Researchers at Western’s Advanced Facility for Avian Research (AFAR) have made a remarkable discovery about birds: they can quite literally flick a brain switch to perceive Earth’s magnetic field.
The study sheds new light on the intriguing manner in which migratory birds navigate, highlighting the importance of a brain region called “Cluster N” for processing geomagnetic information.
For context, it’s vital to recognize that the Earth’s magnetic field extends far into space. This protective layer, caused by the flow of molten iron within our planet’s inner core, serves as our shield against the harmful cosmic radiation the Sun emits.
Yet, for some members of the animal kingdom, this invisible force is a natural GPS. Salmon, sea turtles, and migratory birds use the magnetic field to navigate across vast distances.
The process of how and why this happens has been somewhat of a mystery. The new study, led by PhD candidate Madeleine Brodbeck and AFAR co-director Scott MacDougall-Shackleton, has begun to unravel this mystery. The research was focused on white-throated sparrows.
The team found that these birds have the ability to activate Cluster N in their brains at night when they were motivated to migrate. This activation allows the birds to avoid prey and fly during cooler periods. But the birds are also capable of making the region go dormant when they are ready to rest.
Brodbeck explained: “This brain region is super important for activating the geomagnetic compass, especially for songbirds when they migrate at night.” The study represents the first evidence of this brain region functioning in a North American bird species, and it builds upon the previous work that was primarily conducted in Europe.
For decades, Earth’s magnetic field has intrigued not only physicists and aerospace engineers, but also creative minds, inspiring the works of renowned science fiction writers like Frank Herbert and Stephen King. The concept of invisible forces guiding our movements, wholly imperceptible to humans, continues to be a fascination for Brodbeck as well.
“Magnetic fields are really fun to think about because they’re invisible to humans. We can’t see them or sense them, but most animals perceive them in some way,” said Brodbeck.
To navigate and migrate, birds rely not just on Earth’s magnetic field, but also on visual cues from the sun and the stars. Unfortunately, our increasingly urbanized landscapes, dotted with artificial lights and glass skyscrapers, disrupt their migratory paths.
“This type of basic research informs us and lets us know the full suite of ways that animals perceive the world when they’re migrating and what we as humans need to do to minimize our impact,” said Professor MacDougall-Shackleton.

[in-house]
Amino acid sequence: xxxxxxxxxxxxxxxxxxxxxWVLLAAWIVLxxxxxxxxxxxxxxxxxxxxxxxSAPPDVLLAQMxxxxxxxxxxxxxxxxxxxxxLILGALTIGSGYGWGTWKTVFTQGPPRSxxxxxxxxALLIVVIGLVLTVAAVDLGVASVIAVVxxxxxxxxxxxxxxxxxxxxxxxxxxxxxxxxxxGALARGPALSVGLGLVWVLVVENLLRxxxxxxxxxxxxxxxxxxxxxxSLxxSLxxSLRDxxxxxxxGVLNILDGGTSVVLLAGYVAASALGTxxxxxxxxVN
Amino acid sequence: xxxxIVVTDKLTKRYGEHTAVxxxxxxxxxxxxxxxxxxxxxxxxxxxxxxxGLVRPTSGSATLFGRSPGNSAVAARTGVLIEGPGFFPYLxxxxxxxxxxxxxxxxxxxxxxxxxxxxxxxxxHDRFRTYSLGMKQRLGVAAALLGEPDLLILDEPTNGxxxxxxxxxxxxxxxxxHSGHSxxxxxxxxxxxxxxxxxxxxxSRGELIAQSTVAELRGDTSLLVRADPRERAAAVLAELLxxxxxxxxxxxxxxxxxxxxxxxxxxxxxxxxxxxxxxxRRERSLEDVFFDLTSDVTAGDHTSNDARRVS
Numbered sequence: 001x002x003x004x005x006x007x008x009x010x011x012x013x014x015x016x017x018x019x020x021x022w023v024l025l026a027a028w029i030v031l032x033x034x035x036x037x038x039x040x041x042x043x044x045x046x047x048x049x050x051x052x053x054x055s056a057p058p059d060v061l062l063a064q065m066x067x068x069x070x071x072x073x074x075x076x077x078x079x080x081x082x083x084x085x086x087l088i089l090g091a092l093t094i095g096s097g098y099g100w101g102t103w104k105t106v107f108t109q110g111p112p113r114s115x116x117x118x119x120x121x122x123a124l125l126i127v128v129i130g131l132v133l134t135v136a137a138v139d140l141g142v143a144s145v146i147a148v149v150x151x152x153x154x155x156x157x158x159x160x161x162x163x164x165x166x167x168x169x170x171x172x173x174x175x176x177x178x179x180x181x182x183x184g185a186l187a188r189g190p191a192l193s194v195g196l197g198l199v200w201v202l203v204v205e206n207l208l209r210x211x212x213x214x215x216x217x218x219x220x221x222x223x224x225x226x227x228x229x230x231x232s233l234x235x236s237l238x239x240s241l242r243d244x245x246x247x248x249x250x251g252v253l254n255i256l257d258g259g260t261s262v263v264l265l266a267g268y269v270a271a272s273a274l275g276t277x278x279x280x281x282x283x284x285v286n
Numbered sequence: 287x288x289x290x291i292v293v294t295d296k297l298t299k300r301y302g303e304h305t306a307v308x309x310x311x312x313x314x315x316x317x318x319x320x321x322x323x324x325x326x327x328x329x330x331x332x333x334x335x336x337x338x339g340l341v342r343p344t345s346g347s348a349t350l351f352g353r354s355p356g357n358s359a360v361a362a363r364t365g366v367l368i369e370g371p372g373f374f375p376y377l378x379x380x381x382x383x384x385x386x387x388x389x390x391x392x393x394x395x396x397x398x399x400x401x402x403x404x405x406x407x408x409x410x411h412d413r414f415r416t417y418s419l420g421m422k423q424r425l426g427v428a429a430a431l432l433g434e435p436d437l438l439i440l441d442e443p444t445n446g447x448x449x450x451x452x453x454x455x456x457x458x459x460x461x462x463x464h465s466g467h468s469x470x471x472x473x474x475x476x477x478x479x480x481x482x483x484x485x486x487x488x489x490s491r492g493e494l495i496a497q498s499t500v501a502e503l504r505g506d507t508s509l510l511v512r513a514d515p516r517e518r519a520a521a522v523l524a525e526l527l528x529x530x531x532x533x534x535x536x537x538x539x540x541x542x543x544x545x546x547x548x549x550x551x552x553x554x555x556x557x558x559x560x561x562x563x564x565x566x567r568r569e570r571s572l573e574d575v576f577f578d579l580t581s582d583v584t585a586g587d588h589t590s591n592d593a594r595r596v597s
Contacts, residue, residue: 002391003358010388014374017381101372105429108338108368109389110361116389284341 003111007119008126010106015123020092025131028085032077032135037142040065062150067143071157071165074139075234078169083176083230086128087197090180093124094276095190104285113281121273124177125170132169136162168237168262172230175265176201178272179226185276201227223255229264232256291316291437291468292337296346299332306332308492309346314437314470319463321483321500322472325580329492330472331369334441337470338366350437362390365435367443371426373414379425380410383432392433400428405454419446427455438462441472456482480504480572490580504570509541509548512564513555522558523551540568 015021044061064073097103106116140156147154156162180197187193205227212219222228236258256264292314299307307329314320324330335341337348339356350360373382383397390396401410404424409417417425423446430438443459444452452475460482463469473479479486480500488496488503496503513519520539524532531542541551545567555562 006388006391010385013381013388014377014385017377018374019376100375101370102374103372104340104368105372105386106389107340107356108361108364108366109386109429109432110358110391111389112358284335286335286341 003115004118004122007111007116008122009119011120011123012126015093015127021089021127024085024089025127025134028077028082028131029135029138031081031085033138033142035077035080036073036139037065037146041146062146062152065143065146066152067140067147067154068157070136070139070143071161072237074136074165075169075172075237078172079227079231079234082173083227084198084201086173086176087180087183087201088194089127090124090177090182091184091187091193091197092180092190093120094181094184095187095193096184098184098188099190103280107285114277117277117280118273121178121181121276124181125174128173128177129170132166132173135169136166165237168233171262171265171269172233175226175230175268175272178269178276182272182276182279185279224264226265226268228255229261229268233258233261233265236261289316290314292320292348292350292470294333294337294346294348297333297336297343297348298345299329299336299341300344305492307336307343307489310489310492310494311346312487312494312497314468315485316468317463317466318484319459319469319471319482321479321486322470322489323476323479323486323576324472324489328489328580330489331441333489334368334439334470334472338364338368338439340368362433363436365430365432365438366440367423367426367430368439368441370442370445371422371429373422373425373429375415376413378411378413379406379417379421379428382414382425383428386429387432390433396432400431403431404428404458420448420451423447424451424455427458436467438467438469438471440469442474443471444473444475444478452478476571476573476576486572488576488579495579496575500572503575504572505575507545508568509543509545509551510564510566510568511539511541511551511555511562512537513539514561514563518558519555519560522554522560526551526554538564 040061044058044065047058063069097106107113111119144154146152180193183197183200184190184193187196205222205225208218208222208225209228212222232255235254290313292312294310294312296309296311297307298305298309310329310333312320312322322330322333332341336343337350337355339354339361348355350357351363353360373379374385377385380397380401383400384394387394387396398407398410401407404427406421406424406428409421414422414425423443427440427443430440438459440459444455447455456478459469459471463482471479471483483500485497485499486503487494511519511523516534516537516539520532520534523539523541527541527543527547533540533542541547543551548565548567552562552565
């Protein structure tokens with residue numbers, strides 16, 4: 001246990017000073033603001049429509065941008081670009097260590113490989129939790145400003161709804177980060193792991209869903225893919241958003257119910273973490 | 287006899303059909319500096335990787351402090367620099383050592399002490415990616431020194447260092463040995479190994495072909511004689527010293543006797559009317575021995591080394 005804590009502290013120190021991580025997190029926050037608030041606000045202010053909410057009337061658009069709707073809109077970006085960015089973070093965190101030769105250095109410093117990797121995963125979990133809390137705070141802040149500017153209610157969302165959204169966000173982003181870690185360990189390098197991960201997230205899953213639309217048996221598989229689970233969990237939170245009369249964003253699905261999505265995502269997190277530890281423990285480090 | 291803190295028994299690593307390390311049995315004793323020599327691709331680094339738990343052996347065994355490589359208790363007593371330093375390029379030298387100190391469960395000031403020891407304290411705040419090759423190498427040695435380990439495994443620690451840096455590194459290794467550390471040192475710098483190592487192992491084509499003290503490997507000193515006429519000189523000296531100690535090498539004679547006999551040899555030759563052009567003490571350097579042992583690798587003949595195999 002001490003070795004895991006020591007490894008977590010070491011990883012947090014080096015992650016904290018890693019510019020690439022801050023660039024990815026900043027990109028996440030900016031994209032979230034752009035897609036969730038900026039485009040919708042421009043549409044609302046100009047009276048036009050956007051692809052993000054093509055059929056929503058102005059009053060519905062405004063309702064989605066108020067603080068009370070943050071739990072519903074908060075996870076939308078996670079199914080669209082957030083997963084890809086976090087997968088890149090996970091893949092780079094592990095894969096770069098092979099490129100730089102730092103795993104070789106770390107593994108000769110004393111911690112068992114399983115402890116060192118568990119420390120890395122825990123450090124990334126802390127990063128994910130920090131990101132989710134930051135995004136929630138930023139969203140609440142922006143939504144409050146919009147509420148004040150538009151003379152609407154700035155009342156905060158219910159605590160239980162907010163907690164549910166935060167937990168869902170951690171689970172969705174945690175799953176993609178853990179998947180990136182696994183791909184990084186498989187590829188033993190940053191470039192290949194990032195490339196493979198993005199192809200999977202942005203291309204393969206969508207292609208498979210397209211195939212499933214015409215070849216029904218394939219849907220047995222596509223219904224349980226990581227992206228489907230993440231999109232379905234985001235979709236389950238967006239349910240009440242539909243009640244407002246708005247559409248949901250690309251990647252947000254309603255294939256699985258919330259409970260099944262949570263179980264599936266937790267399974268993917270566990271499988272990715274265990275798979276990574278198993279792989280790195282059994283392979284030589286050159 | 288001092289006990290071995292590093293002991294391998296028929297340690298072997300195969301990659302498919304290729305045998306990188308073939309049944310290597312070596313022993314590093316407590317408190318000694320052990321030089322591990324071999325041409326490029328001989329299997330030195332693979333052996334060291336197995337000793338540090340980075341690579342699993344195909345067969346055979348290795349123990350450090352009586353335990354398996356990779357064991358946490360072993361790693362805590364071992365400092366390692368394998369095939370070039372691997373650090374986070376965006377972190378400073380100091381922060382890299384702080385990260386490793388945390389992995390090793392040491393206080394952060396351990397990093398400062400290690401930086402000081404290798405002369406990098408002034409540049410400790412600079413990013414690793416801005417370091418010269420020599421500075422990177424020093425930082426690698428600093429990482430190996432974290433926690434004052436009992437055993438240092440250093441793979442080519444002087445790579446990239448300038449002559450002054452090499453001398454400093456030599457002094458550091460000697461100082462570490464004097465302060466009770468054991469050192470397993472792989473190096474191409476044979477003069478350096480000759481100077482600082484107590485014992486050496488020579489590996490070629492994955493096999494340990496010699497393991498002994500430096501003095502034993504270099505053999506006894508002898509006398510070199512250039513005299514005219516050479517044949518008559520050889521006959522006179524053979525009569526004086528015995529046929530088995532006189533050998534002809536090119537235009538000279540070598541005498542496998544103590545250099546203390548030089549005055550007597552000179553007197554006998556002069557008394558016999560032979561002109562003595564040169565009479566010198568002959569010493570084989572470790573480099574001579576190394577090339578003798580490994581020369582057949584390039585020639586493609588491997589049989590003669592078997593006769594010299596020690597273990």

He emphasized that understanding the physical mechanisms of animal movement isn’t just academic; it’s fundamentally important in order to comprehend and possibly mitigate the ways human actions influence their journeys.
This groundbreaking study, published in the European Journal of Neuroscience, underlines the need for continued exploration into the complex mechanisms that drive animal behaviors. Furthermore, it also provides a perspective into our responsibility towards co-inhabitants of our planet, as our actions inevitably leave a footprint on their migratory paths.
Earth’s magnetic field is a powerful, invisible force that extends from the interior of the planet out into space. It originates from the flow of molten iron and nickel in the planet’s outer core, which creates electric currents that, in turn, generate the magnetic field. This is known as the dynamo effect.
The Earth’s magnetic field is important for several reasons.
The magnetic field shields the Earth from harmful solar radiation. Without it, life as we know it would not exist, because the atmosphere would be stripped away by solar winds – streams of charged particles from the Sun.
The Earth’s magnetic field creates the North and South magnetic poles, which are slightly offset from the geographic poles. These magnetic poles are the basis for magnetic navigation, used by both humans and many animals. Animals such as birds, sea turtles, and even some types of bacteria can sense the Earth’s magnetic field and use it to navigate.
The Earth’s magnetic field is also responsible for phenomena like the Aurora Borealis (Northern Lights) and Aurora Australis (Southern Lights). These occur when charged particles from the Sun are trapped in the Earth’s magnetic field and collide with atmospheric atoms and molecules, causing them to emit light.
The Earth’s magnetic field is not static. Over millions of years, it has undergone numerous reversals, where the North and South magnetic poles switch places. The last reversal, known as the Brunhes-Matuyama reversal, occurred approximately 780,000 years ago.
Scientists are still investigating why these reversals occur, but it is believed that changes in the flow of molten iron and nickel in the Earth’s outer core are responsible.
Despite its importance, many mysteries remain about the Earth’s magnetic field. As studies like the one at Western’s Advanced Facility for Avian Research (AFAR) continue, our understanding of this complex and vital part of our planet will continue to grow.
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